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2020 College Football Playoff National Championship: LSU vs. Clemson

The Tigers will win tonight, but which ones?

NCAA Football: College Football Playoff National Championship-Head Coaches Press Conference John David Mercer-USA TODAY Sports

The regular season for both college football and the NFL is long behind us, Bowl Season is over and we’re down to the Conference Championships in the NFL. And for the most part, we have been pre-occupied with the New York Giants setting the stage for their 2020 off-season.

But there is still one more college football game to be played: The 2020 National Championship between LSU and Clemson.

And if there is one thing we can say for sure, it is that the Tigers will be hoisting the championship trophy at the end of the night.

If the Tigers of Clemson win tonight, they will be the first repeat winners of the College Football Playoff National Championship (which really needs an acronym) since the format was introduced in 2015.

If the Tigers of LSU come away victorious at the end of the night, they will be the first team other than Clemson, Alabama, and Ohio State to win a Championship, and just the fourth team besides Alabama or Clemson to win a championship dating back to 2009 and the BCS.

College Football Playoff National Championship

(1) LSU vs. (4) Clemson

ESPN - 8 p.m.

There are a bunch of layers to this game after an exciting season that saw perennial contenders fall by the wayside, an unlikely emergence, and surprising upsets.

At the beginning of the season this was expected to be the Alabama and Clemson show, with Ohio State’s stacked roster figuring to be a factor. With Tua Tagovailoa and Trevor Lawrence, ‘Bama and Clemson boasted the two best quarterbacks in the nation and supported them with NFL talent at just about every level.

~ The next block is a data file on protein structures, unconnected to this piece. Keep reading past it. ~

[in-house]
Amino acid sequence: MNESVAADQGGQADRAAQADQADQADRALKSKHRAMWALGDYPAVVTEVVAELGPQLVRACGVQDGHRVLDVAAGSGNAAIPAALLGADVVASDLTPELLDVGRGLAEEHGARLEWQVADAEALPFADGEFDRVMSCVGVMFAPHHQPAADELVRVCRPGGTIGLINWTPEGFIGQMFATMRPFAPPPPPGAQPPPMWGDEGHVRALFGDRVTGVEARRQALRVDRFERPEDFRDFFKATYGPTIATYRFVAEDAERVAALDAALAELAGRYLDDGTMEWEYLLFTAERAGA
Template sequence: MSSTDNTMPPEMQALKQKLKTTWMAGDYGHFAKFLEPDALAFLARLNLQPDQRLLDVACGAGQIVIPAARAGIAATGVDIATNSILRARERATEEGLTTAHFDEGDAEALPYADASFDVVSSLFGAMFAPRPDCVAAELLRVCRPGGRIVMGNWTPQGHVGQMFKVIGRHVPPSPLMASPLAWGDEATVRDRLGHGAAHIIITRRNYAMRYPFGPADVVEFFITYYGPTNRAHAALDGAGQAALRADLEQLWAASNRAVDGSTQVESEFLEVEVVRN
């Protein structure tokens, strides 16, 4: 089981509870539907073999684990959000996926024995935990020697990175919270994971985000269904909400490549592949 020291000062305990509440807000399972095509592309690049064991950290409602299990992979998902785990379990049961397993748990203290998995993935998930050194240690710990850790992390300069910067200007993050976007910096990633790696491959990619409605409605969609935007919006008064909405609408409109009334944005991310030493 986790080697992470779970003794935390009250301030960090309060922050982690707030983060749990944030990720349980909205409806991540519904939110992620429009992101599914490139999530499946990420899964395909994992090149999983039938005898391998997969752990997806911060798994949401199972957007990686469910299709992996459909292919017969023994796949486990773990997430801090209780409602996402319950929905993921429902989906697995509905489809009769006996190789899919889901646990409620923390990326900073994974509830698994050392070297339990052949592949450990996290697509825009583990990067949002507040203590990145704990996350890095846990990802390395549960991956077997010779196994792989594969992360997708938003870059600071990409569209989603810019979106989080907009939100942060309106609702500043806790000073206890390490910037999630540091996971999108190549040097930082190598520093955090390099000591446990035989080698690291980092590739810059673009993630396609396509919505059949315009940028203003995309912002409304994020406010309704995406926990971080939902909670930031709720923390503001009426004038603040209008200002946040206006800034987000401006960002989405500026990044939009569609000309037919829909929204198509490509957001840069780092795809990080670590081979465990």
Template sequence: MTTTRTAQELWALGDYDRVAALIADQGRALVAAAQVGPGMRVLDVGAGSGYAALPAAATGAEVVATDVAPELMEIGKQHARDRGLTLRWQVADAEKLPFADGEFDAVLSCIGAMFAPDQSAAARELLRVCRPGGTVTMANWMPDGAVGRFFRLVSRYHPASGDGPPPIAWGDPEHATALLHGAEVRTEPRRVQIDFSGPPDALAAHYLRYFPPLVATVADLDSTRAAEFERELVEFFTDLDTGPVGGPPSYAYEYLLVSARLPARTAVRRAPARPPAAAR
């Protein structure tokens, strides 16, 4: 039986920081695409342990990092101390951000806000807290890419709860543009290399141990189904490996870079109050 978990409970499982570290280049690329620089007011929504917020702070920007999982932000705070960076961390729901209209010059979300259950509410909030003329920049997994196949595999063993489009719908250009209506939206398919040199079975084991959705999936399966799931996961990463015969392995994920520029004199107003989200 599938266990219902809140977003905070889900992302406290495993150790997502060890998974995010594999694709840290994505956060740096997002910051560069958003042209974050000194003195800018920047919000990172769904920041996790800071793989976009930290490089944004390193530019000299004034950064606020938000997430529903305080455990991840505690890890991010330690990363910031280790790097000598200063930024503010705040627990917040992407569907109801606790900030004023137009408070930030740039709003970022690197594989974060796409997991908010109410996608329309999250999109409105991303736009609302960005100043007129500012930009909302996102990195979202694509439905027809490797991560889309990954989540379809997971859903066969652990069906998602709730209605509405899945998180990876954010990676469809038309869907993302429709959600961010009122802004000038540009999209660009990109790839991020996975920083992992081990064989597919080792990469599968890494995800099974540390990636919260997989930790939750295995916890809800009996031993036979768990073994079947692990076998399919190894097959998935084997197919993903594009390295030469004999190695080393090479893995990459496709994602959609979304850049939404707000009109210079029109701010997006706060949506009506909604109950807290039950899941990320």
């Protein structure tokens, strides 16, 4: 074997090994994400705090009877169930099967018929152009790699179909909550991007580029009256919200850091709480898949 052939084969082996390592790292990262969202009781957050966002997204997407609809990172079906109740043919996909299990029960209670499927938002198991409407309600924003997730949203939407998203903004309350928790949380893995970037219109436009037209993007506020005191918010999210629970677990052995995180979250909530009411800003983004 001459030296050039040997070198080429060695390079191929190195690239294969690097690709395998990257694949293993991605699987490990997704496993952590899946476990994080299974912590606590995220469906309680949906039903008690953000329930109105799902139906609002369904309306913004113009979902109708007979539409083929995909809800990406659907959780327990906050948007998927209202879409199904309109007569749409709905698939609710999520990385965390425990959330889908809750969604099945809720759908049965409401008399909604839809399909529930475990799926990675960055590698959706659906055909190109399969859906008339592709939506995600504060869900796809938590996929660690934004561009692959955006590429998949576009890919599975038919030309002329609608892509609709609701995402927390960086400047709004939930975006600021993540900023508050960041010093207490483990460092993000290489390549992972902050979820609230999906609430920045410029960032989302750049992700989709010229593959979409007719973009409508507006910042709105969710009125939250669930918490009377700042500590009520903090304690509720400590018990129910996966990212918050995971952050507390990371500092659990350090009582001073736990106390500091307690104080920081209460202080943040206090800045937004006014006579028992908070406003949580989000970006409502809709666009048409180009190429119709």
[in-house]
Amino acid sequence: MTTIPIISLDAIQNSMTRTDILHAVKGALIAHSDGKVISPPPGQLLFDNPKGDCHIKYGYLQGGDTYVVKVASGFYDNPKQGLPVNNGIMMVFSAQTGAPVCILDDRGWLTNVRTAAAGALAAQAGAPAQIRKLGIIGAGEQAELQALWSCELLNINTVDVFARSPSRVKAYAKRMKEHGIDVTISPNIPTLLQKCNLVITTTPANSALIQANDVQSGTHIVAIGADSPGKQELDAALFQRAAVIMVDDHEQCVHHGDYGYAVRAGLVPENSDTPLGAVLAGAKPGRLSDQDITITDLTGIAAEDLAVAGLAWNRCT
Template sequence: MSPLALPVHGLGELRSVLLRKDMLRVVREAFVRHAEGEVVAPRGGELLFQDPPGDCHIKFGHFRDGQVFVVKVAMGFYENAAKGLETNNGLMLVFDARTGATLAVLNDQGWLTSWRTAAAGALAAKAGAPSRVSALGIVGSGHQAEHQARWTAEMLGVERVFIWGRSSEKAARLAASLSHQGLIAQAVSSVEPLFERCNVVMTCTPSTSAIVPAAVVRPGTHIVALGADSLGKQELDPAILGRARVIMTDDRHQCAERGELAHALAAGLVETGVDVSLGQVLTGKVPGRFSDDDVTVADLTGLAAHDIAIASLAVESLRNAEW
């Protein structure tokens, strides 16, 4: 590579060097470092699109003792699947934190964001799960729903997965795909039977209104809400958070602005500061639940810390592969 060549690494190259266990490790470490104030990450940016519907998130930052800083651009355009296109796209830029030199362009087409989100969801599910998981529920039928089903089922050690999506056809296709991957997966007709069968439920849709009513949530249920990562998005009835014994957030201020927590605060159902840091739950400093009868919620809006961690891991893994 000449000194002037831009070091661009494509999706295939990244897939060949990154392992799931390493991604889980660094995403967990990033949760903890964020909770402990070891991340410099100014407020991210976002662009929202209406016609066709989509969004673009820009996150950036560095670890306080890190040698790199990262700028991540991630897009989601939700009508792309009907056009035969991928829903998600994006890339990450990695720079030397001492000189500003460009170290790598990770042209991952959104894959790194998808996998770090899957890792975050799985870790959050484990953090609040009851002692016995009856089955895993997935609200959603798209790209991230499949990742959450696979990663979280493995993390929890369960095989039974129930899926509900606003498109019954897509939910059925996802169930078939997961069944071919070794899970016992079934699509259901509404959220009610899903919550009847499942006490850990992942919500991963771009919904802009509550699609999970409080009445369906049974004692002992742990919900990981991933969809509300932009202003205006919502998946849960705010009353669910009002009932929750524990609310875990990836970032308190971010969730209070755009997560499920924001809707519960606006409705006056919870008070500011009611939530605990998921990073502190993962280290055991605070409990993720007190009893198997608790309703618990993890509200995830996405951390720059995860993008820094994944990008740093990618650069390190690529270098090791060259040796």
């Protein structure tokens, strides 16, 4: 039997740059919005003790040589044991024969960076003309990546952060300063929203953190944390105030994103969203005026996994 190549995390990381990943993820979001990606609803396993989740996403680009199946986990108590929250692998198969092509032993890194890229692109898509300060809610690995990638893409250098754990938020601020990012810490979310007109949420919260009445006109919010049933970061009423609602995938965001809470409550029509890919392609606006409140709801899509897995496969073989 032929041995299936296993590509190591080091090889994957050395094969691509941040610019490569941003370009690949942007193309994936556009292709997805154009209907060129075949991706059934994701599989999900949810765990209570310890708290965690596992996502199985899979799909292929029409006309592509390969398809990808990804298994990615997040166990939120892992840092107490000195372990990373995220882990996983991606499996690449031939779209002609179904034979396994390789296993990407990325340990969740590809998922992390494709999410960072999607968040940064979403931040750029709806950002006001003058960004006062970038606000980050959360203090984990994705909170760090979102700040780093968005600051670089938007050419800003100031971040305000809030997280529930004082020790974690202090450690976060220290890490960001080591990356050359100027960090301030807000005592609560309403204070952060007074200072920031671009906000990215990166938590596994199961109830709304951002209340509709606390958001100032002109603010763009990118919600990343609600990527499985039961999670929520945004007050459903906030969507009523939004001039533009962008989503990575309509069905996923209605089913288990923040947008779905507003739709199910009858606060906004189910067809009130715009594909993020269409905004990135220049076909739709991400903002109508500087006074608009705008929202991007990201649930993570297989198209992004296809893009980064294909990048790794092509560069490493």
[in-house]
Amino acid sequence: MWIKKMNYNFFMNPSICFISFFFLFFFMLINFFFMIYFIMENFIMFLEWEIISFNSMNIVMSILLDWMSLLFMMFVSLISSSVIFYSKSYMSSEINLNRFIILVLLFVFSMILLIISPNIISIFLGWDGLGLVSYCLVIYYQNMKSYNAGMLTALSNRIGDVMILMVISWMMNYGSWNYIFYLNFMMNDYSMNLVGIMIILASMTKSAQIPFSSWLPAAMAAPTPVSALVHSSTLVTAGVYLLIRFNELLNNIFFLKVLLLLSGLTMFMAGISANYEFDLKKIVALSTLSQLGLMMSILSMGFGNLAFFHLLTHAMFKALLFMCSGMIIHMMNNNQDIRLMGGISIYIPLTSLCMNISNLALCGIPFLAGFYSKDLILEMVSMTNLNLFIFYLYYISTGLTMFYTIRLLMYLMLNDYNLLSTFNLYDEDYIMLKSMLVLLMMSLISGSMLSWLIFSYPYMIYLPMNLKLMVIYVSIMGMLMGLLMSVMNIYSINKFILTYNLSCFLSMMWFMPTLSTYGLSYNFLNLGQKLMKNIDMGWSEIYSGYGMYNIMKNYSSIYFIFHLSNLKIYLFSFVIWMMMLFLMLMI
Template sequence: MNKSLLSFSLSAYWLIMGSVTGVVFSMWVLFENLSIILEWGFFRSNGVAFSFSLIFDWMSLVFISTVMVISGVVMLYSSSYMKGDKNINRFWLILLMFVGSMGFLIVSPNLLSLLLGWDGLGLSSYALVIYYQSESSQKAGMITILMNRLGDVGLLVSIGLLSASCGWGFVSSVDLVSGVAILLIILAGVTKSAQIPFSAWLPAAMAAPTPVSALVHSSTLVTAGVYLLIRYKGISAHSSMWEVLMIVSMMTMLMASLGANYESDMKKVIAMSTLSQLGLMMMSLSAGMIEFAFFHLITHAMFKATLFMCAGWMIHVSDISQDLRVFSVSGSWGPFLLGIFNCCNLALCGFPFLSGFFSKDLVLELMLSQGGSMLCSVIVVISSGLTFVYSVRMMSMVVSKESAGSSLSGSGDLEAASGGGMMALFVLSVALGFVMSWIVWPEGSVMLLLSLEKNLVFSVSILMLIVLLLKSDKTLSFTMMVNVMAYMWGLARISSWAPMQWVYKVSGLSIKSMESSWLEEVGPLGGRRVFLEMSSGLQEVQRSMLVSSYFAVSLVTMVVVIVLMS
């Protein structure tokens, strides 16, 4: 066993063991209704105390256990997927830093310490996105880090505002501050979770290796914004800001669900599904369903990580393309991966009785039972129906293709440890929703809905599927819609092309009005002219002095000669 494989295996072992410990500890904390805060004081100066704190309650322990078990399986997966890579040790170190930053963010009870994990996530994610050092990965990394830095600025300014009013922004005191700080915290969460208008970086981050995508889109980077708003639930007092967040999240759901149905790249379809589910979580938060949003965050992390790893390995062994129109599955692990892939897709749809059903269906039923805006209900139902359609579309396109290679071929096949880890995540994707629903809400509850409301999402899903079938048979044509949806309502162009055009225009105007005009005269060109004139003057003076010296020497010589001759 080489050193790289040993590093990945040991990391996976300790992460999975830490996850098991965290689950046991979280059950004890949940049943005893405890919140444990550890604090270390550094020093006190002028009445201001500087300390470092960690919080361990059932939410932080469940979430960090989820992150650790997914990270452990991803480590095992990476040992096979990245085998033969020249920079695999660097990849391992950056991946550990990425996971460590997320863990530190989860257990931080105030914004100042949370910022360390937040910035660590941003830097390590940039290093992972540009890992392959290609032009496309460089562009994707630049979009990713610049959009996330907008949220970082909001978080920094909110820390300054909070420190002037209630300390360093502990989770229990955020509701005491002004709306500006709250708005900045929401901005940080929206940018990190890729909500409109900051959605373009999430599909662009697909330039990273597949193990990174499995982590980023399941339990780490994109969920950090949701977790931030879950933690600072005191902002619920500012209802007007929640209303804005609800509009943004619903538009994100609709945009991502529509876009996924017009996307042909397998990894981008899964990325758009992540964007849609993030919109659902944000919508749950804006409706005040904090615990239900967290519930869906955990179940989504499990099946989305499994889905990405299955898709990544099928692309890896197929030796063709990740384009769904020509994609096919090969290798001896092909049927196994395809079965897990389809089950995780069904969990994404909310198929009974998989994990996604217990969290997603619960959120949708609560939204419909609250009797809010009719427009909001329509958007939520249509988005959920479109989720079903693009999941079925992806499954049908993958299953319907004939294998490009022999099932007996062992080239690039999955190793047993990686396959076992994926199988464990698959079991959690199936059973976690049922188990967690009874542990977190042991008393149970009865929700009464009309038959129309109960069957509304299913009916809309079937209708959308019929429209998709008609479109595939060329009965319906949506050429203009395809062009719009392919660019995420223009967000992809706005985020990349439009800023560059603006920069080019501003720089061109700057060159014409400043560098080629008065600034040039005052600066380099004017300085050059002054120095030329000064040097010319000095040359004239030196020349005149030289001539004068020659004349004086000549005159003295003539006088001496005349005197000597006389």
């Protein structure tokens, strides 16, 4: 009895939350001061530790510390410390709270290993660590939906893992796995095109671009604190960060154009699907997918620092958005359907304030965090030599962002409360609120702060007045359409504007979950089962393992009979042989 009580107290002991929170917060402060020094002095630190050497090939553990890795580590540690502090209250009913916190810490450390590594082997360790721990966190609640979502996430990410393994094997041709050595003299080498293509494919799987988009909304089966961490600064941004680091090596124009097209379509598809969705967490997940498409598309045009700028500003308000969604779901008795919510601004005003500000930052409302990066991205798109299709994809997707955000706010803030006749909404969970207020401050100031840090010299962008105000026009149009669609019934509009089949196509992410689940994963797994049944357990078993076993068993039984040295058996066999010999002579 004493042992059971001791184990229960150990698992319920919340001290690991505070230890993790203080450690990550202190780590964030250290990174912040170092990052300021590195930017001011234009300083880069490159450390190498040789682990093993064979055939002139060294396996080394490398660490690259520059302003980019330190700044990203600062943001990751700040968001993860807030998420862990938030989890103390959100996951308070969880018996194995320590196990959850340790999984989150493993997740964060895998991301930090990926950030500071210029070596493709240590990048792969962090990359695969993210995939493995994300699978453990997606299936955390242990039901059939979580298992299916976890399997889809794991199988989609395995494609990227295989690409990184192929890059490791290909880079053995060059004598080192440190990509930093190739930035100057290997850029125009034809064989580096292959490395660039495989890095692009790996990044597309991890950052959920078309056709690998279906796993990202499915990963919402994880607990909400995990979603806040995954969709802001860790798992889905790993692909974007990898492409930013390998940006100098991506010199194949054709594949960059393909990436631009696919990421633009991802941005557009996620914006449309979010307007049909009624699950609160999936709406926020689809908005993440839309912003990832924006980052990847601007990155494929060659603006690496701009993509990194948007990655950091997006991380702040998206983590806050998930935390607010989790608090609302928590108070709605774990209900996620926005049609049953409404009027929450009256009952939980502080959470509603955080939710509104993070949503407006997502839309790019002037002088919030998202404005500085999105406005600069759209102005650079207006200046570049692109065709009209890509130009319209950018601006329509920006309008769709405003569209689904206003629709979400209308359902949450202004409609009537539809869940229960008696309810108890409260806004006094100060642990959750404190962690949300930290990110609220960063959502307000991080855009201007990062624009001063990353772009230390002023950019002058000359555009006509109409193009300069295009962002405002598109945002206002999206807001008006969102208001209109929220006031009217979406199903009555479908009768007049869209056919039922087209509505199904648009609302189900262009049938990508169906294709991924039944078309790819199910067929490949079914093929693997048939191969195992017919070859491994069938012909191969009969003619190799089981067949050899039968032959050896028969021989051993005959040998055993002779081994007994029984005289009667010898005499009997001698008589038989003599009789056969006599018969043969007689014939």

Ohio State was always known to be loaded and were dominant all season long, thanks to the play of Chase Young, Jeffery Okudah, and a whole host of other players destined to suit up on Sundays.

The only question was who the last team in would be. Would it be Oklahoma? Lincoln Riley remains one of the, if not the, finest offensive minds in at any level, and Alabama transfer Jalen Hurts blossomed at OU. Oregon was a threat too. Not only do they have one of the best offensive lines in the country and a quarterback in Justin Herbert who might have been playing for Giants right now, had he not decided to return to school to play with his little brother.

Clemson ultimately turned out to be the “last team in” and Alabama missed the playoffs completely, as LSU spun up into a purple and yellow buzzsaw which tore through the SEC.

LSU was expected to be a good and talented player in the SEC, but not a threat to the Alabama-Clemson rivalry which has defined the championship picture over the last four years. But pre-season expectations didn’t (couldn’t) take into account Joe Burrow exploding onto the scene.

A transfer from Ohio State, Burrow has become the nation’s best quarterback and is a virtual lock to be drafted at first overall by the Cincinnati Bengals. But if it weren’t for LSU head coach Ed Orgeron giving Joe Brady free rein to remake LSU’s offense from a “run first, run second, then run some more” scheme to a full-throttle, wide-open receiver-centric spread offense, Burrow might never have emerged and another team might be playing today.